August 12, 2013
Interesting New Boats - Lagoon 39 Catamaran
By Robert Cross
Just when you thought yacht design had reached its pinnacle, a whole new set of boats hit the charter market with worthy features that deserve acknowledgement. I have not yet sailed the Lagoon 39, but I am impressed by what I see, and compelled to point the best features out.
The cabins are well-appointed with room to move, and easy access to the beds set across the boat for better use of space. The aft cabins offers slightly larger beds but the forward berths are perfectly adequate doubles.The two heads that service the four double cabins are well appointed,with separate shower cubicle separated from the toilet by the basin in between, meaning no more soggy toilet rolls. The companionway makes good use of hull space, and there is an impressive amount of storage for a small cat.
Overall, the Lagoon's new interior styling is very cool, with a layout made possible by a brief calling for spaces to be usable, rather than plentiful. The interior is finished with a light veneer made from Italian poplar that has undergone a printing process to produce an appealing oak-like colour and grain. This product is ideal for marine use. Its bonding and coating use the best glues and technology to produce the hardest wearing of natural surfaces, as good as solid timber and harvested sustainably.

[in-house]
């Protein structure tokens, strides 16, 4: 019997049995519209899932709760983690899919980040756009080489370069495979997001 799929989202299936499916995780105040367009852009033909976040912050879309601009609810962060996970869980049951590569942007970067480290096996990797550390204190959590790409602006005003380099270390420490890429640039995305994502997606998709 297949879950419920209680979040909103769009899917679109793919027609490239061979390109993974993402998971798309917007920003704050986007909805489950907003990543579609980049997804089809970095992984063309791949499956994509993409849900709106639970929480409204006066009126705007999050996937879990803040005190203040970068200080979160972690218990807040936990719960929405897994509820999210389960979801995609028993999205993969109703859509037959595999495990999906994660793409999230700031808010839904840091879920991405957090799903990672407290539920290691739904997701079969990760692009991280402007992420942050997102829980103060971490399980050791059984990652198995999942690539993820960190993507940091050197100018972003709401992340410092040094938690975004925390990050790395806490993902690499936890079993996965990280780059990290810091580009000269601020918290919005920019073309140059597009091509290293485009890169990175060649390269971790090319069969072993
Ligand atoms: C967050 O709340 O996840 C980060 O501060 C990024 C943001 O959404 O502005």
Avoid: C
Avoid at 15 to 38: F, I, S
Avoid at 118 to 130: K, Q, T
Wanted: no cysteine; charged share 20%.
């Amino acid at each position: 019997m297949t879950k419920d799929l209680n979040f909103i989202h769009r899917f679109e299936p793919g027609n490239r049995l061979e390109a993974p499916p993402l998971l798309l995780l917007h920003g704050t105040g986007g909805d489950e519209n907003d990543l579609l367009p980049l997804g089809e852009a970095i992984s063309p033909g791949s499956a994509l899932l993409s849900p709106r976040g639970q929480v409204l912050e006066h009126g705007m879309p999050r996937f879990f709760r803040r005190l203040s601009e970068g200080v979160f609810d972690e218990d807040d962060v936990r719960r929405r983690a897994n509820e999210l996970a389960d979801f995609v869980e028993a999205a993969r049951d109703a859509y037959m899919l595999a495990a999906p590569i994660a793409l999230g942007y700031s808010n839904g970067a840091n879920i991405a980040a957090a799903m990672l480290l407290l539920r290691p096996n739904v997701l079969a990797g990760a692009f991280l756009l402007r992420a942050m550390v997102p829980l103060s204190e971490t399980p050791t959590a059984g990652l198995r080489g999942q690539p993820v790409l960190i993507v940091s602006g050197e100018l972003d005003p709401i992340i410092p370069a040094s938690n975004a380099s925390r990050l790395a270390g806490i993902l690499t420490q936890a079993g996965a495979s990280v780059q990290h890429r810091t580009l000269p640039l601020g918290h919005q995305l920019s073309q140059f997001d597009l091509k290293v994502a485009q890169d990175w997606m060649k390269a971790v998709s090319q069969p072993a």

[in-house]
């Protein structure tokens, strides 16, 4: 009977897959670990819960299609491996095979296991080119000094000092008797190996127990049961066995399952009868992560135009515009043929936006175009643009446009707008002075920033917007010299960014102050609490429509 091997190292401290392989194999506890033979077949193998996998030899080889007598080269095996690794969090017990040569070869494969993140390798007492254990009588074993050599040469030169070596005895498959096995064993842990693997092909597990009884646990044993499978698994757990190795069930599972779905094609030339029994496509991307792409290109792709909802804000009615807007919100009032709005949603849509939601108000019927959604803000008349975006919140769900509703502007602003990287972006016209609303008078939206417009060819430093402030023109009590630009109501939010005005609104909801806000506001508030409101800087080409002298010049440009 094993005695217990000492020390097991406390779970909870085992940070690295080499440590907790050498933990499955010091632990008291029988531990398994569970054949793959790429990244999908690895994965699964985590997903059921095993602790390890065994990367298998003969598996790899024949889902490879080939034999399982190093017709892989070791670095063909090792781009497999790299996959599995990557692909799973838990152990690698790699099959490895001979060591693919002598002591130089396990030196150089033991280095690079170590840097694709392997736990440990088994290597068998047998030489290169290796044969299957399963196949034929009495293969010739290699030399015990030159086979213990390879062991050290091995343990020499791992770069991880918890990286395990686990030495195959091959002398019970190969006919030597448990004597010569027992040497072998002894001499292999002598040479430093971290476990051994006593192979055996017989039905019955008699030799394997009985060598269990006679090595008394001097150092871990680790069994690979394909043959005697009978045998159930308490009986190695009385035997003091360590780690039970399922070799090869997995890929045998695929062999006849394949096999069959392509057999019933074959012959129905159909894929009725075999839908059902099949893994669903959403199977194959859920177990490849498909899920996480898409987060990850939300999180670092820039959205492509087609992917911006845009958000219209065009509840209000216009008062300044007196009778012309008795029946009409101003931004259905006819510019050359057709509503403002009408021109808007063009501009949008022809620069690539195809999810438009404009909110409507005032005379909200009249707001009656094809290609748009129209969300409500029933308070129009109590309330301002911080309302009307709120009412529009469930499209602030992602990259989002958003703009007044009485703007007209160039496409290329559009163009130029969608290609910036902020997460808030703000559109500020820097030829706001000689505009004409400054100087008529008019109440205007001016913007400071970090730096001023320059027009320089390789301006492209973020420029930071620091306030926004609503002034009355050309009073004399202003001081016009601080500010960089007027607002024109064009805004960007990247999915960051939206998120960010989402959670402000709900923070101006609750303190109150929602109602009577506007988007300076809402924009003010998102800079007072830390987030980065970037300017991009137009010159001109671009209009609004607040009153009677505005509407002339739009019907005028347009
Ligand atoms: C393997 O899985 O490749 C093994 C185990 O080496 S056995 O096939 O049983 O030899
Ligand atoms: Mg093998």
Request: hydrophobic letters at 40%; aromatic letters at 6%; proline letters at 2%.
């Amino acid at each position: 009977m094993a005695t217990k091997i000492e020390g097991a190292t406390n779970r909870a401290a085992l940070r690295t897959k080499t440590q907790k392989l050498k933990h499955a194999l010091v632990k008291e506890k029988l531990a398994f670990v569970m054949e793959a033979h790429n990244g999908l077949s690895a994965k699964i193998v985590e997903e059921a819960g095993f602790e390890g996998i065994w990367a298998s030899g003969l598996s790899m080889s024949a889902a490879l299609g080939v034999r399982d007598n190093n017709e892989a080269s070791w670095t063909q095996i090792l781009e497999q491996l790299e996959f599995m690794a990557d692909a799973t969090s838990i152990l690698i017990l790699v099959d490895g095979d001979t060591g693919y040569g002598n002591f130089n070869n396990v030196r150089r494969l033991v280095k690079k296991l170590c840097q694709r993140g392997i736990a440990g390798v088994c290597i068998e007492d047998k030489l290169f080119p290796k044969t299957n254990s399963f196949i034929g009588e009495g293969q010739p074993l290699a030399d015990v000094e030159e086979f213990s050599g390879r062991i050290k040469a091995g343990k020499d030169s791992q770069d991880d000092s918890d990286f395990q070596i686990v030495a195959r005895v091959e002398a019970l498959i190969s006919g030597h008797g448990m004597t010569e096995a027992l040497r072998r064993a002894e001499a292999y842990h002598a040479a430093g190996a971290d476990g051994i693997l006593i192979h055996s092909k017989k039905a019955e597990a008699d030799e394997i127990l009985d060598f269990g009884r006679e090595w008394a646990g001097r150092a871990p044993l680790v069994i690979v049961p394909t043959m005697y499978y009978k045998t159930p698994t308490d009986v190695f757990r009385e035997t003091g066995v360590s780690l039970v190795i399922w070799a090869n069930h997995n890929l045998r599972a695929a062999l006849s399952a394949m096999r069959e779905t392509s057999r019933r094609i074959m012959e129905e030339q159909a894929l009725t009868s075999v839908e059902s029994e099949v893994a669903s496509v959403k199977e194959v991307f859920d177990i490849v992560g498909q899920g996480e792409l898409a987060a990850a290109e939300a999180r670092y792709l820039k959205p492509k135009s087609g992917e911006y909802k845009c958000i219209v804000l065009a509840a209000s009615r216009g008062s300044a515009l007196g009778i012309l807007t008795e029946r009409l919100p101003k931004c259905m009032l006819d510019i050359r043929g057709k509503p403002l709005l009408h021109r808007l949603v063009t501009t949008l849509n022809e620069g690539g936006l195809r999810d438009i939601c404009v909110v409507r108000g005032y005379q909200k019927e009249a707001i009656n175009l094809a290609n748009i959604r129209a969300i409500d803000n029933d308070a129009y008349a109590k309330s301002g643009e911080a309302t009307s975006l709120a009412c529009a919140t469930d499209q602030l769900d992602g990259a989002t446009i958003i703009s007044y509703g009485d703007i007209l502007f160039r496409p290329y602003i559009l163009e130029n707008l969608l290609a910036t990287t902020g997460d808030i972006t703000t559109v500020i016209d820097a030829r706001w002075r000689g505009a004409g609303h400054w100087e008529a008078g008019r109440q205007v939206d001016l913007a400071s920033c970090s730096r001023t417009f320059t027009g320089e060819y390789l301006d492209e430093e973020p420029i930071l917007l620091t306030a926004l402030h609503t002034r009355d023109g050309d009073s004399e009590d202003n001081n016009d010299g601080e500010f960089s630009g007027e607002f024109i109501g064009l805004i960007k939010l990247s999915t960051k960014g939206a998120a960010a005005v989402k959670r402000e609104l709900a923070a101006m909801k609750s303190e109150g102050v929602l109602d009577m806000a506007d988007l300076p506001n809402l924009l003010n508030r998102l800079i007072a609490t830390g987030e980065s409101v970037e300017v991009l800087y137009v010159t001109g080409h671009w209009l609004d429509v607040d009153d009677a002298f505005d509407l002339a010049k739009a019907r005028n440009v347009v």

In recent years, successive Lagoon designs have pushed the mast further forward for more space in the saloon. Inevitably, that has meant a trade-off in poorer sailing. Achieving performance and safety in yacht design is the science of balancing the centres of opposing forces. While the wind pushes the boat sideways (centre of effort), its underwater sections act against that movement (centre of lateral resistance). These forces shift when sailing. The centre of effort moves forward as the load goes on the sails, and force forward occurs as a result. At the same time the resistance of hull against water creates drag, pushing backwards.
When the balance of opposing forces is right, lift occurs and working loads reduce. When it's wrong the bows dig in, extra load is created, and the boat slows. Despite what many cruising people believe, performance is important to safety and necessary for comfort under sail.Placing the mast forward of or even on the static centre of the hull and adding a more efficient square-top mainsail is not in itself the answer. So moving the mast back will have made a positive difference, and one would expect to be sailing a well-balanced boat as a result.
With the new Lagoon 39, the yacht designer has wisely said "enough, let's bring the rig back to where it should be". The new rig position means a mast post in the saloon. That's an addition no doubt likely to be a regular feature in future designs. The boat's construction method is resin infusion, a process that uses less resin to create a lighter and stiffer boat. That's also good news on a catamaran, helping to make this model a great option for bareboat chartering.
Overall, the Lagoon 39 is a well-considered design made by people who know how to build great catamarans. If you are lucky enough to sail this boat before us, we would all love to read your comments.
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